One Analyst Says Tax Increase Inevitable
WASHINGTON (AP) _ As federal officials surveyed the impact of an upcoming government-wide spending cut of nearly 5 percent, one business analyst predicted Tuesday that the law forcing the cuts also will trigger a major tax increase by year’s end - possibly including a consumer tax on gasoline.
That assessment was delivered by Paul R. Huard, vice president of the National Association of Manufacturers, who claimed that a tax hike this year is inevitable under the Gramm-Rudman budget-balancing law.
He told a business seminar that the Reagan administration and Congress would resist any form of tax increase at first, but that Congress would be gripped by paralysis by summer as it struggled unsuccessfully to make additional spending cuts required under the act.
With congressional elections fast approaching, lawmakers will opt for a ″quick and dirty″ tax hike to avoid triggering sweeping spending cuts in popular programs, Huard predicted.
″The conventional wisdom that you can’t pass a tax increase during an election year is no longer valid,″ he said, forecasting higher taxes on businesses and some form of energy tax, probabably ″a tax on gasoline at the pump.″
His comments came as federal agency heads sought to make sense of a White House announcement that spending cuts of 4.3 percent in all domestic programs and 4.9 percent for the military will be required on March 1 under the Gramm- Rudman law.
Department officials generally said calculations on what the cutbacks would mean for Americans who benefit from various federal programs would not be known specifically until later in the week.
Congress, however, exempted roughly $23.6 billion in specific benefit programs administered by the Labor Department, according to department officials.
Among them are the $22.4 billion Unemployment Insurance Trust Fund, $834 million in black lung disability payments and the $211 million federal program that guarantees payments of private pension benefits.
In addition, workman’s compensation benefits totaling $75 million and $57 million of the $250 million program to compensate federal employees disabled on the job were exempted, Labor Department sources said.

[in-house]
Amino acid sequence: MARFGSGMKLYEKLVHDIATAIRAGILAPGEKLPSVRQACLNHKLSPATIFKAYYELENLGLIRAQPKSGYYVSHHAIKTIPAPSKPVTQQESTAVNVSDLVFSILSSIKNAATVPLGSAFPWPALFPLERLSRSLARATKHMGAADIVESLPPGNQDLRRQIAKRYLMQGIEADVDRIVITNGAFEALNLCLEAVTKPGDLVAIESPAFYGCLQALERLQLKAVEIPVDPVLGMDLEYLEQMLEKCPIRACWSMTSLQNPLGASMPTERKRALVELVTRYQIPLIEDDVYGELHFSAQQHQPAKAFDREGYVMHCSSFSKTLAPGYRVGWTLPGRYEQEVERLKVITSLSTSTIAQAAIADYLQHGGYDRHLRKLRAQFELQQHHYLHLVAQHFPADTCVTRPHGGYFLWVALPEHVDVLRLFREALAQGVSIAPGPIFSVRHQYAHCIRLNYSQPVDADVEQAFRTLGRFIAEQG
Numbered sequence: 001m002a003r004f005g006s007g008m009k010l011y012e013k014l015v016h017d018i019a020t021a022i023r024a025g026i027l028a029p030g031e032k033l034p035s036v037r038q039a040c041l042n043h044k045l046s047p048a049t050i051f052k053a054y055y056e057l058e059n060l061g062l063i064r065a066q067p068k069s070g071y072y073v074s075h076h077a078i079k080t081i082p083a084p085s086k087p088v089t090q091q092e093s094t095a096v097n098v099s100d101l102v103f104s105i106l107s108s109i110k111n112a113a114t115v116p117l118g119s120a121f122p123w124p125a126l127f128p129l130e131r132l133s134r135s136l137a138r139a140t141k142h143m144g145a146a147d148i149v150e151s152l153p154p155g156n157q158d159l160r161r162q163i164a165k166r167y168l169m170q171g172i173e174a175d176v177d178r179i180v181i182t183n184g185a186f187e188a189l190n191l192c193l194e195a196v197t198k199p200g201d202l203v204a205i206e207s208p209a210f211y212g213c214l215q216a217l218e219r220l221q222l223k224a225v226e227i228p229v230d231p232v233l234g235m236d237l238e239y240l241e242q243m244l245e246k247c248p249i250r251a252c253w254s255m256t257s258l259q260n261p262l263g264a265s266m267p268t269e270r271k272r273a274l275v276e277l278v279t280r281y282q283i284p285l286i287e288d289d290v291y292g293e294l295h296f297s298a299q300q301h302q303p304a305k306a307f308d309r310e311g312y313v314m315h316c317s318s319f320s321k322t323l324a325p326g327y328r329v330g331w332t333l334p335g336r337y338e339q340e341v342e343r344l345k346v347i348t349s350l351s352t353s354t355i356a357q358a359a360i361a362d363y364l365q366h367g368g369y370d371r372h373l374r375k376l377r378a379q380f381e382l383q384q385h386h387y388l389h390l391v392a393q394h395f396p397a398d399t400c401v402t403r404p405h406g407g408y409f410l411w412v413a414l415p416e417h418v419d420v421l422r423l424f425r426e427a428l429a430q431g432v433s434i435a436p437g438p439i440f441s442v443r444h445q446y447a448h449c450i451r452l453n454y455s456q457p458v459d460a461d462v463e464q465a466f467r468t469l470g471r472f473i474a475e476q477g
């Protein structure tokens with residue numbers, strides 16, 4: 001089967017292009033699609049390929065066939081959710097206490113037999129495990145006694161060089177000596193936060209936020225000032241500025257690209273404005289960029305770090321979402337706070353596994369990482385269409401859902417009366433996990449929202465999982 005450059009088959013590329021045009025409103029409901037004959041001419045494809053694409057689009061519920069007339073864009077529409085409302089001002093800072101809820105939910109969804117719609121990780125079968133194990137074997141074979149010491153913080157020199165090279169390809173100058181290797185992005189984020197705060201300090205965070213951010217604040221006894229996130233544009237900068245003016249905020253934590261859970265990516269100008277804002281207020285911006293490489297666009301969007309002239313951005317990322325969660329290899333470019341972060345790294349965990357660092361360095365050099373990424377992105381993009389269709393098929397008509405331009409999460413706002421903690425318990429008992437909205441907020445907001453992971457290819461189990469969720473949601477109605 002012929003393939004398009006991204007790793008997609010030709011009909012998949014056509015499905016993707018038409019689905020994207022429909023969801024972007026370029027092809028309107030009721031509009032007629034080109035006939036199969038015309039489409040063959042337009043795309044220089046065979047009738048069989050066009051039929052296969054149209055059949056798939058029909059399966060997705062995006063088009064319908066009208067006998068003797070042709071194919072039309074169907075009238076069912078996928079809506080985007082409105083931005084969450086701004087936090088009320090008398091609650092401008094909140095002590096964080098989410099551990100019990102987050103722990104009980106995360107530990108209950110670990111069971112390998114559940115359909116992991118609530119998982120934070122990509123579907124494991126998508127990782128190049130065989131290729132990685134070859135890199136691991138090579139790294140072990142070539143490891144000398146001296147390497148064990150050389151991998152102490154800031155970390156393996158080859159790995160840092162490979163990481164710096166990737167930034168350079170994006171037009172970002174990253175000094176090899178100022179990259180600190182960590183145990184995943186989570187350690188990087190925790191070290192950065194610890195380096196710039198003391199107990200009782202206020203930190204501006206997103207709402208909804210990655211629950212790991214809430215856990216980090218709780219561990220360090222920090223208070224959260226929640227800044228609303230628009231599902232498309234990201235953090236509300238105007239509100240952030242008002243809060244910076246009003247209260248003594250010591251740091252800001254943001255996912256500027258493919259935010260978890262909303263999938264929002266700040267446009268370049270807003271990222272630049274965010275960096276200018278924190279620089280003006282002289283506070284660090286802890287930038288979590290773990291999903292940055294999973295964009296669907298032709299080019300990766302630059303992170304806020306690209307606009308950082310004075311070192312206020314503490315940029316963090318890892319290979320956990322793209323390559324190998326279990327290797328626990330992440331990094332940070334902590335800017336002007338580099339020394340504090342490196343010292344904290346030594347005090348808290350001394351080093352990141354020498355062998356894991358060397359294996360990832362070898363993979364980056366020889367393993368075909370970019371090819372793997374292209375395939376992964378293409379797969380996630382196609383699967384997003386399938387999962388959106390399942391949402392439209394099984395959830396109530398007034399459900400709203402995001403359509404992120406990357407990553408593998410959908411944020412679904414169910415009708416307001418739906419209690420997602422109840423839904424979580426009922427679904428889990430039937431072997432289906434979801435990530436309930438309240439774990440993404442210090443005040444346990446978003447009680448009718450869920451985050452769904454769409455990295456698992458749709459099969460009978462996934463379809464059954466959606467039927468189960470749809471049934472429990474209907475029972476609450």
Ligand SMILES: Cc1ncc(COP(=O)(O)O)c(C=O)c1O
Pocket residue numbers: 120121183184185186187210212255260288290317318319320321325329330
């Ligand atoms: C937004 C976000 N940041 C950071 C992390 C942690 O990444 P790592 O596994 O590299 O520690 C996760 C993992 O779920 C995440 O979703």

Officials, however, pointed out that those exemptions include only benefits, and that administrative costs in for each of the programs still have to be cut by 4.3 percent.
″We don’t have a lot of flexibility from one program to another,″ David Demerest, a Labor Department spokesman, said of other non-benefit activities under the agency.
″It’s going to affect the Bureau of Labor Statistics just about like it does OSHA (The Occupational Safety and Health Administration).″
He said there would be some ″picking and choosing″ within specific programs, but that generally the percentage cuts were fixed and across-the- board .
An analysis by the House Education and Labor Committee said the March 1 cutbacks would result in a $170 million cut in funds for the federal compensatory education program, a $224.8 million cut in student aid, and a $43.6 million cut in the federal vocational and adult education program.
The committee document also said the cutbacks would mean a $159.2 million cut in the Labor Department’s training and employment services budget, a $15 million cut in a federal jobs program for senior citizens, a $96 million cut in low-income energy assistance and a $62.7 million cut in the federal program for handicapped people.
The law is designed to eliminate the federal deficit by 1991 through a series of decreasing annual deficit targets. Automatic spending cuts would be triggered each year if Congress fails to come up with either spending cuts or tax increases to meet the annual deficit targets - beginning with a $11.7 billion spending cut on March 1.
Social Security payments are exempted from the cutbacks.
The 1986 deficit target is $172 billion, even though congressional and administration budget officials have estimated the actual 1986 deficit at roughly $220 billion. However, Congress - for this year only - limited the scope of the automatic spending cuts to $11.7 billion.
The Office of Management and Budget and the Congressional Budget Office were scheduled to jointly issue a report on Wednesday detailing the March 1 cuts and making official the $220 billion 1986 deficit estimate.
Last year’s budget deficit was $212 billion. Decades of deficit spending have given the nation a total accumulated deficit - the national debt - of over $2 trillion.
President Reagan, in a brief exchange with reporters on Tuesday as he posed for pictures with visiting Ecuadorean President Leon Febres Cordero, declined to answer questions in detail about the deficit, but said, ″We’ll deal with it.″
When a reporter asked ″how bad″ the cuts would have to be, Reagan replied, ″I never consider any cuts bad.″
At Tuesday’s seminar on the impact of Gramm-Rudman on businesses, sponsored by the National Association of Manufacturers, the former chief counsel for the House Budget Commitee, Wendell Belew, agreed that a tax hike in 1986 was a possibility.
Belew, who helped draft the House version of Gramm-Rudman, said any alternative to automatic cuts ″has to have a tax element.″
He also said the new deficit figures will make it even harder to make the 1987 deficit target under Gramm-Rudman of $144 billion, perhaps requiring between $60 billion and $70 billion in spending cuts instead of the $50 billion earlier claimed by the Reagan administration.
In a related development, the National Taxpayers Union on Tuesday announced the filing of a lawsuit ″on behalf of America’s 60 million children″ in federal court here against Treasury Secretary James A. Baker III seeking to block further deficit spending by the government.